My son is only 5, and he's only been to church a handful of times (with his grandmother). One day he was looking at my nightstand and saw my copy of 'God Is Not Great', and he read the title, and looked at me with horror! With only a few church visits, it was already ingrained in his head that God was indeed 'great', and it should not be stated otherwise. I had to explain to him that it was OK not to believe in god, and that what many people believed about god caused a lot of problems in the world. This seemed to help, although at such a young age it is very difficult for him to be 'skeptical'. Young people ARE impressionable, and churches know this all too well and take advantage of it. At this point in his life, all I can really offer him is an opposing view when he is exposed to some type of religious subject, such as a kid on the bus talking about how great Jesus is. It's not that I want to keep him ignorant of religion (in my experience, those who were raised with NO religious education at all ended up as fundies), but until he is older and can handle critical thinking, I'm just playing defense.

Tim said...

Steven,

Perhaps one of the best things you could do for your kids would be to show them that you're not closed to hearing both sides of the issue. Pick up a copy of Letters from a Skeptic and read it openly. Take a look at The Resurrection of the Son of God, and read a couple hundred pages (at least) thoughtfully. It cannot hurt to get a sense of why intelligent, educated people who are aware of the same criticisms that have moved you are still persuaded of the truth of the central doctrines of Christianity. Their reasons may not be the ones that kept you in the fold before your deconversion. Hearing them from advocates at first hand, rather than filtered through the writings of their dialectical opponents, is surely the most reasonable course and will give you a wider sympathy, if nothing else.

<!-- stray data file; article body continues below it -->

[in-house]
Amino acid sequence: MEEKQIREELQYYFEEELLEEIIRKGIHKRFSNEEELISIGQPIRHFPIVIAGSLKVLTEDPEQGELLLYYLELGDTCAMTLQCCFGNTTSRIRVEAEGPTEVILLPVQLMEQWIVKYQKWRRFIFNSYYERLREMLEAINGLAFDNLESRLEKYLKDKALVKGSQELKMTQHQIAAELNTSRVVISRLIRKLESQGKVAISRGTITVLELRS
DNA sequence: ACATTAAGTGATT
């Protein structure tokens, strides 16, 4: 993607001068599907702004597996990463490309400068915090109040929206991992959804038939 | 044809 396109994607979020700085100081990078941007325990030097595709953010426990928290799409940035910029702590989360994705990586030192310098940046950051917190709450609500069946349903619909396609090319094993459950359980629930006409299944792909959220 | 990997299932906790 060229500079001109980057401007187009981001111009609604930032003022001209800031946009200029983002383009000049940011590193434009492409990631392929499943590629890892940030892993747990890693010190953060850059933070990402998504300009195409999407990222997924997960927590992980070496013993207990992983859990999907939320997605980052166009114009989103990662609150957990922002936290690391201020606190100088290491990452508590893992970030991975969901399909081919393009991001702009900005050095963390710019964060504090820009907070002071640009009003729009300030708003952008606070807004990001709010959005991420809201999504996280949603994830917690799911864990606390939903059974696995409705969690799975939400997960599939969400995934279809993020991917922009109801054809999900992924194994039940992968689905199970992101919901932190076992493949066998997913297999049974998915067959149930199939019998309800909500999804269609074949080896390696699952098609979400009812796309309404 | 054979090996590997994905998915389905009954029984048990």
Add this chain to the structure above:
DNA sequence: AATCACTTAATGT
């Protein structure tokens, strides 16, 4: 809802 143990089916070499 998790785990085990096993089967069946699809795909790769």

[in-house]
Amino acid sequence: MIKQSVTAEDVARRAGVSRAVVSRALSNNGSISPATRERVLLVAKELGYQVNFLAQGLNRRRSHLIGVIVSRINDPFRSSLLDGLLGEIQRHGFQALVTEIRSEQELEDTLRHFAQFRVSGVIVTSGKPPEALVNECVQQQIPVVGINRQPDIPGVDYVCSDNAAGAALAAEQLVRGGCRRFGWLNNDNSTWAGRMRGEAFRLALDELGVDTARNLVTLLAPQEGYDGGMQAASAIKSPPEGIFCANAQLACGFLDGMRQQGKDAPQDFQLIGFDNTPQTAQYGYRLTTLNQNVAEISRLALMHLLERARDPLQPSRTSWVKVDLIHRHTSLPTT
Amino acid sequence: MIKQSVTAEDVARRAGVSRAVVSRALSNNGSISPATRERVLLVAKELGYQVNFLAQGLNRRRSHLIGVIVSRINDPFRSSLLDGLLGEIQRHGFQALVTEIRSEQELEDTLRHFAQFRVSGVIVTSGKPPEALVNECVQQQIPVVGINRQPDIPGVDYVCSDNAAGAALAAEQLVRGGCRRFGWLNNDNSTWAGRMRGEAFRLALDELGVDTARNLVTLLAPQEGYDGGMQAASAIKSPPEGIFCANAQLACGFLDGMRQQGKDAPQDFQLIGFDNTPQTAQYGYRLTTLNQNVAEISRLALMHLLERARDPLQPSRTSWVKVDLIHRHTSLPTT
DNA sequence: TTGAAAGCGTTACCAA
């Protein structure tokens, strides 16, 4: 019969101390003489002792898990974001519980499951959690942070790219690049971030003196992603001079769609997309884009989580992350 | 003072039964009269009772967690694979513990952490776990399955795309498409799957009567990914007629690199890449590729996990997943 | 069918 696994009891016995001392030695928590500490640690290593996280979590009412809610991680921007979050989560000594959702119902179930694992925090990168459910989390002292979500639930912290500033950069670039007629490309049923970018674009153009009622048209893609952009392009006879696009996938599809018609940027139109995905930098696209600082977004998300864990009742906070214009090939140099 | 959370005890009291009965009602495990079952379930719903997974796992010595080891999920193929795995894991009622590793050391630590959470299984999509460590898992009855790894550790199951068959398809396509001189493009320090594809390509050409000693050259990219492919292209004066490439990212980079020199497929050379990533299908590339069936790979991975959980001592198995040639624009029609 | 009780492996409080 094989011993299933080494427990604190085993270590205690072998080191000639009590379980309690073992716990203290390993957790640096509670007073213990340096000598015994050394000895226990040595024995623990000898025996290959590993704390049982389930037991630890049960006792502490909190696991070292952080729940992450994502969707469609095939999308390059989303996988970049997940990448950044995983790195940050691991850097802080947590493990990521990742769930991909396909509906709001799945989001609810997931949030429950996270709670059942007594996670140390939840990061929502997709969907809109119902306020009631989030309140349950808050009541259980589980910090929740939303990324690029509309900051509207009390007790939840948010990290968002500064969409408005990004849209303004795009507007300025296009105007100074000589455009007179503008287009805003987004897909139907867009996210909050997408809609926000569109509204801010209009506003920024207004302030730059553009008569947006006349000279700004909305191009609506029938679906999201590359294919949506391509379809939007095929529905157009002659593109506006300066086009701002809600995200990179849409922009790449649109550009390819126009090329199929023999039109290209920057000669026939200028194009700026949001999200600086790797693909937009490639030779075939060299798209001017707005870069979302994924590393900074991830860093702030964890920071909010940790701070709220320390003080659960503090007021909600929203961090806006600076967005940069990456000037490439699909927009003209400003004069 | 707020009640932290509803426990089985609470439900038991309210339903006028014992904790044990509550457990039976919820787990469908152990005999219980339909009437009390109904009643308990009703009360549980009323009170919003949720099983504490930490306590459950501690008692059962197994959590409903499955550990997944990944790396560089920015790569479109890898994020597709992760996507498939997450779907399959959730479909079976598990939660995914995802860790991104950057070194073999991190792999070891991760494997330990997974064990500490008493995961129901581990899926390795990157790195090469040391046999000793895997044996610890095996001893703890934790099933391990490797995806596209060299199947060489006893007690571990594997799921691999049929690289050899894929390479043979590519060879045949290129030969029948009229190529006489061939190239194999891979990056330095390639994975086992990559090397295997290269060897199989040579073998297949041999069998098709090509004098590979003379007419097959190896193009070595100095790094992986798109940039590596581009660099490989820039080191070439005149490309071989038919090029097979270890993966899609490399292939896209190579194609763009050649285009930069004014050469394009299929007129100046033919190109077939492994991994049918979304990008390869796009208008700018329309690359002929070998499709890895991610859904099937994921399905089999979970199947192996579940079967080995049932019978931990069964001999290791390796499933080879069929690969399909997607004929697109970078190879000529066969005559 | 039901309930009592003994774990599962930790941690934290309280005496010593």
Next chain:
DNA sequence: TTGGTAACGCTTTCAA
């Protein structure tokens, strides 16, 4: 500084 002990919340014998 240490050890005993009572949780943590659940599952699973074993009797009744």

As a Christian, I practice this policy in reverse, openly reading various books by atheists (Beversluis, Martin, Everitt, Dawkins, and many more) and discussing with my kids what I am reading, why I am doing it, what the arguments are, and so forth.

Harry McCall said...

Thanks John. This was a very interesting email and many people face this same social pressure when loosing their support group. Plus, the more pious one is, the harder the mental anguish is place on the de-converted / reverse converted.

Reality is simply this: One is ONLY SAVED in the context of their denominational peer group. Put a Catholic at a Kingdom Hall; put an Episcopalian in a Baptist Church; put a Mormon in, and so on and on and their “Salvation” is gone.

Salvation is now very limited and not just simply “Faith in Christ”, but faith in one's sect or denominational doctrines which defines Jesus that is all important. So, although there is not a night that goes by in which Christianity claims that should an atheist die, he would eternally lost / damned, like wise, there is not a night that goes by that a Christian (considered “Saved” by his / her own sect) goes to bed that hundreds of other Christian sects will label him / her “Lost” simply because they are not a member of the CORRECT SECT and its true THEOLOGY which is always felt to be “just a little closer to what the Bible teaches and God wants”.